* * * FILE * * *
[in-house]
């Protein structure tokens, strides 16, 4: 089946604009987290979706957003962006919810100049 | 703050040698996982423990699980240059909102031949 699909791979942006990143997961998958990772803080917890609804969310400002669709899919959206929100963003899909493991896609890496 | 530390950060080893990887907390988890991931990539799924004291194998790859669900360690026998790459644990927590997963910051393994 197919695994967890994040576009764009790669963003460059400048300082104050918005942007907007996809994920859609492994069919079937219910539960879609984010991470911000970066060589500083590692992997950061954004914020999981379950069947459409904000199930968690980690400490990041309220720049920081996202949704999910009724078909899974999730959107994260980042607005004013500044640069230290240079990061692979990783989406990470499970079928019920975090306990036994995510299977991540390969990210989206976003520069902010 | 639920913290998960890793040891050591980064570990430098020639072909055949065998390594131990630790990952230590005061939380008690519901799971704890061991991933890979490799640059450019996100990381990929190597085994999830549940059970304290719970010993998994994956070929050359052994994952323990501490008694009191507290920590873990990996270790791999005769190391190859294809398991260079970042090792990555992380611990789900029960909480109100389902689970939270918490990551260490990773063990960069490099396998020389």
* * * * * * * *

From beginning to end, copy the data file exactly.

[in-house]
């Protein structure tokens, strides 16, 4: 089946604009987290979706957003962006919810100049 | 703050040698996982423990699980240059909102031949 699909791979942006990143997961998958990772803080917890609804969310400002669709899919959206929100963003899909493991896609890496 | 530390950060080893990887907390988890991931990539799924004291194998790859669900360690026998790459644990927590997963910051393994 197919695994967890994040576009764009790669963003460059400048300082104050918005942007907007996809994920859609492994069919079937219910539960879609984010991470911000970066060589500083590692992997950061954004914020999981379950069947459409904000199930968690980690400490990041309220720049920081996202949704999910009724078909899974999730959107994260980042607005004013500044640069230290240079990061692979990783989406990470499970079928019920975090306990036994995510299977991540390969990210989206976003520069902010 | 639920913290998960890793040891050591980064570990430098020639072909055949065998390594131990630790990952230590005061939380008690519901799971704890061991991933890979490799640059450019996100990381990929190597085994999830549940059970304290719970010993998994994956070929050359052994994952323990501490008694009191507290920590873990990996270790791999005769190391190859294809398991260079970042090792990555992380611990789900029960909480109100389902689970939270918490990551260490990773063990960069490099396998020389």